Radical Intercession


We always pray for each other,

That our God may make us all worthy of his calling,
And that we may fulfill every resolve for good,
And that every work be of faith by His power,
So that the name of our Lord Jesus may be glorified in each
of us, and us in him, According to the grace of our God and the
Lord Jesus Christ. (2 Thessalonians 1:11,12)

What if we prayed for each other as Paul prayed for the
believers at Thessalonica? Our daily lives, the challenges we
face, and our problems are very different than those Christians
faced, but in many ways we are very much the same. One thing
is certain; Paul’s prayer for them ought to be our prayer for each other.

 Shouldn’t we want God to make us and our eternal  family a
people who live our lives in a manner that is worthy of God’s
call to us? Christians! Christ’s ambassadors on earth.
(2 Cor 5:20)

Don’t we all desire that each of us fulfill God’s purpose for us,
to do good works as a lifestyle? (Eph 2:10)

God’s best for us is that every thing we do for Him be done by trusting Him completely and depending on His power, and not
our might or wisdom. (1 Cor 2:3-5)

We should want Christ glorified and exalted in us, and we
must find our glory only in Him.

familyprayer_soft_edge1We recognize all of these benefits are the free gifts of
grace in and through the Lord Jesus Christ.

What if we prayed for each other in a purposeful, methodical
way, so that every family in our churches is specifically prayed
for, for a week, several times a year?

If only ten families, (or individuals)took the challenge and
prayed for one family each week for 52 weeks, just think how many would have been prayed for a whole week specifically
and on purpose. If 20 families took the challenge, each family
would be prayed for a week twice each year. If you had 100
families who determined to pray for other families, …well, get
the picture? (When I wrote this I had in mind a very large
congregation)

If we not only prayed for another family, but also prayed for
one ministry, one elder, and one staff member, just think how
much the whole church body would be bathed in prayer! Why
can’t we do this? No..why don’t we do this?

Recently I had a family of former members on my heart and I
sent an email saying that I would be praying for them for the
next week, every day of the week. And I asked, “What
specifically can I pray for?” Soon I received a return email from
a grateful dad with a list of 5 specific requests. I replied with a
thank you and a request that he let me know as God
answered my prayers for them. I knew he will be glad to do so.

What if you received a phone call, got an email, or was asked
at church, “What can we pray about for you and your family
next week?” And, what if that happened on a regular basis,
almost every month?

What if you had 30, or 50, or 80 families or more, excited
about praying for others, experiencing the joy of answered
prayer, bearing the burdens of others, and even being an
answer to some of their brothers and sisters requests?
And, knowing the joy of having others lovingly pray for them,
often?

What if we prayed for each other using the components of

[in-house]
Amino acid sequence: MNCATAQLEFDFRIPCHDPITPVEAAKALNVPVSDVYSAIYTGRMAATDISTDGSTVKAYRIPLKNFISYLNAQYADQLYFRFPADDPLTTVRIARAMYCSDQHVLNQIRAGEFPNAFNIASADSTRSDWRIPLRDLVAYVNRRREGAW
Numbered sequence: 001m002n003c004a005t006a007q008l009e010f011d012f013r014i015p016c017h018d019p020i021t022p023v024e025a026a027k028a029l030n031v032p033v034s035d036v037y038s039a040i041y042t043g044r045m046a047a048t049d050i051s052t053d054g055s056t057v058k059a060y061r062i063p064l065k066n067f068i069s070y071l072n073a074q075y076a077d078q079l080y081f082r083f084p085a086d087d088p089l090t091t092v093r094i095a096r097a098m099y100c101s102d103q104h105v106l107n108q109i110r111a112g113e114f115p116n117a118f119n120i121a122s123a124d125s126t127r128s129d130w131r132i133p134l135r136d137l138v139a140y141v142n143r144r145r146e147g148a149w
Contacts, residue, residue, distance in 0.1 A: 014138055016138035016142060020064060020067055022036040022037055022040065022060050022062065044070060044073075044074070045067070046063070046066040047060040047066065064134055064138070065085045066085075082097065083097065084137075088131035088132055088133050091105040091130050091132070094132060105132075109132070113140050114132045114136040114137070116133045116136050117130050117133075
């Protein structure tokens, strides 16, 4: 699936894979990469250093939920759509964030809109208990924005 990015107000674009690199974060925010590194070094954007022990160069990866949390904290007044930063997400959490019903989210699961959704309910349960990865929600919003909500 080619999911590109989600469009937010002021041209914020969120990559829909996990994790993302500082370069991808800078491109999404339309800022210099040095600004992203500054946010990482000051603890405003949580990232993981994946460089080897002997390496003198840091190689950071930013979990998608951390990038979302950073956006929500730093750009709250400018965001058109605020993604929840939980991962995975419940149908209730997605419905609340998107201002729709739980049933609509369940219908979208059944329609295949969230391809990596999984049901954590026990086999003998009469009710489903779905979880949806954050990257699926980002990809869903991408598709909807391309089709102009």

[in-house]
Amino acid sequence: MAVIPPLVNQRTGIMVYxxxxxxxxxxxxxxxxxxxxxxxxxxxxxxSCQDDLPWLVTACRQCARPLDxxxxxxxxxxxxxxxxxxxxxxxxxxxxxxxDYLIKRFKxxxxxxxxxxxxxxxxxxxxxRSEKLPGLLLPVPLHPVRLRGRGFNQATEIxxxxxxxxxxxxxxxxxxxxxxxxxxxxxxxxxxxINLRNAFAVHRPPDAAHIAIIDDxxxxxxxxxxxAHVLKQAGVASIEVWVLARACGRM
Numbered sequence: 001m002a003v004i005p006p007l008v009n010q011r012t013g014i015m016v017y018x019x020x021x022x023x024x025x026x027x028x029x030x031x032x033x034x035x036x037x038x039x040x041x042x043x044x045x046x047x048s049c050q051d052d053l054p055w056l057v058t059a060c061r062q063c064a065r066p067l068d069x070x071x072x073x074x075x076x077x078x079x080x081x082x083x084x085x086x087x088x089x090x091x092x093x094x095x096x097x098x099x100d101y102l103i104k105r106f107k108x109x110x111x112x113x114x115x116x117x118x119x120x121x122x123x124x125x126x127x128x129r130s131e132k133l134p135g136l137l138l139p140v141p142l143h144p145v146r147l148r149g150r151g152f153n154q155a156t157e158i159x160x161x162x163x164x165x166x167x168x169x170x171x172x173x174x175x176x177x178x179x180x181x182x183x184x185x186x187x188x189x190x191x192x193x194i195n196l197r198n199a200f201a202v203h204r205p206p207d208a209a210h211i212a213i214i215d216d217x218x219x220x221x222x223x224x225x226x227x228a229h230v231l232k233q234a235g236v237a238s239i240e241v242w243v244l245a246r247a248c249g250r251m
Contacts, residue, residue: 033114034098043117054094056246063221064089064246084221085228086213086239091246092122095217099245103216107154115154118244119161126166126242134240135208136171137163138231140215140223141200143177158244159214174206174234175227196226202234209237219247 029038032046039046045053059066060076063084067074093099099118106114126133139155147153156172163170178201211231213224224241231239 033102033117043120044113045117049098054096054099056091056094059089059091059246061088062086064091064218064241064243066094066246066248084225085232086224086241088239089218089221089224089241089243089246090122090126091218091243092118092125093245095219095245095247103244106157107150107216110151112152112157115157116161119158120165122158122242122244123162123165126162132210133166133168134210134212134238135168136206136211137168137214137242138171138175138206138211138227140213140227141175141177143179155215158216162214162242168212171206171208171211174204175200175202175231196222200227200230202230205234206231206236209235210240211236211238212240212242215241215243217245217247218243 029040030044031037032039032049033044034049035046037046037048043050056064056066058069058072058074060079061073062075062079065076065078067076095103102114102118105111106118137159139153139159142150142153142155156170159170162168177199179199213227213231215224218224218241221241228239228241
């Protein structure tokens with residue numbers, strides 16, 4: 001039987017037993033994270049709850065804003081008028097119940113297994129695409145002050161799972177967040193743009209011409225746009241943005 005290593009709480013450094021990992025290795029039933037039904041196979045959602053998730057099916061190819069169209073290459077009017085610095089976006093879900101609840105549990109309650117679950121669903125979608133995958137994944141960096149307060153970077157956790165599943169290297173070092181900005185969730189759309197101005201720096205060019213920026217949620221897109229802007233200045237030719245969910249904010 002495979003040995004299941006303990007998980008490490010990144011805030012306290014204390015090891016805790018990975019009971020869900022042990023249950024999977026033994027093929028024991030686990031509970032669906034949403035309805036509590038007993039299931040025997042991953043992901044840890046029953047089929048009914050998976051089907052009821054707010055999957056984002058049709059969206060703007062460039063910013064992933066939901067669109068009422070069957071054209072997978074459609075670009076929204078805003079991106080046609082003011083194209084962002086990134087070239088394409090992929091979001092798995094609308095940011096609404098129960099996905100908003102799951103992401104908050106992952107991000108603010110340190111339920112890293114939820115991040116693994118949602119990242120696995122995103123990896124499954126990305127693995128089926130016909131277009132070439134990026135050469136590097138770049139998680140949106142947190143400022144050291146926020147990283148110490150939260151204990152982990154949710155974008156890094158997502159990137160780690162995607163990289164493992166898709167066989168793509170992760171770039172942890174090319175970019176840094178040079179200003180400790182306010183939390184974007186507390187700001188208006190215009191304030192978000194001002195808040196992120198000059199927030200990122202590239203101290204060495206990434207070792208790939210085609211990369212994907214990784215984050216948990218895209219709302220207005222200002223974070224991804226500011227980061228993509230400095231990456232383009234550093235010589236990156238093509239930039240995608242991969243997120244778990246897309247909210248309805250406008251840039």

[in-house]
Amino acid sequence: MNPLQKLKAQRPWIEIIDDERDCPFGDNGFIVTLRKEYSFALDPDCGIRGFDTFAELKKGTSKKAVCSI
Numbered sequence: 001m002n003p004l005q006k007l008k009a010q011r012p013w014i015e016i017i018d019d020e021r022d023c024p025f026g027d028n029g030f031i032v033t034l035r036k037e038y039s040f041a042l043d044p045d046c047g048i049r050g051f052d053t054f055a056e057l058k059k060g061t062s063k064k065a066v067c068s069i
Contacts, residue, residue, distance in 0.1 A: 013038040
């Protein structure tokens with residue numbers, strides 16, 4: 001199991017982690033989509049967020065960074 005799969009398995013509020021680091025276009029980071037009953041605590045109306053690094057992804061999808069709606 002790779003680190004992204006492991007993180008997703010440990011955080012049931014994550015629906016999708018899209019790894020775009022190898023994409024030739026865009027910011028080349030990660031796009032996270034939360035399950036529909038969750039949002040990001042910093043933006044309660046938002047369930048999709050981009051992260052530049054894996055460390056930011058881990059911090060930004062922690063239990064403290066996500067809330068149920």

Paul’s prayer for the Thessalonians as a guide, and for specific
requests as well? Would it make us more likely to pray on a
regular basis? I think it would. Would it help those who pray
and those who are prayed for? I know it would.

What if we don’t?

In Christ’s love,

Royce

 

 

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3 comments on “Radical Intercession

  1. Dear brother Ogle,
    I am thankful you have brought forward the subject of prayer. It is surely the great deficiency among so many of us. Our Restoration heritage has emphasized thought and study of the scriptures, which often results in pride (1 Cor. 8:1b).
    But inherent in genuine prayer is our humbling to speak to our Creator — aware of our failures to be like Him. Our flesh always seeks to express independence, is quick to excuse our failures, and often has little concern for the burdens of others.
    The indwelling Spirit wars against our flesh to change that in us, Gal. 5:17.

    Nearly 15 years ago, the following words were spoken in the closing address at the Pepperdine University Bible lectures:
    “Prayer, after all, involves exposing our weaknesses and our hurts and our sins, before the Lord and each other. It involves risk and surrender, it involves facing up to sins that we cherish and letting go of securities that we lean upon. It involves intimacy, vulnerability.
    Its hard to protect yourself, or hide your sin when you pray regularly and frevently with another person, especially your wife or husband. And its hard to protect yourself from God. As I see more clearly now, I had allowed Satan to erect a stronghold in that realm of my life.”

    May the Lord show us all our need to speak to Him more and more.

    Wayne,
    I appreciate your words and the great quote which is so very true.
    Royce

  2. Royce,
    Don’t let Randy and those guys over there on his blog get you caught up in their contentious arguments. They are just wanting to build their own ego’s up. They act like school yard bullies who never grew up, which is nothing like Jesus. Be careful and take care.

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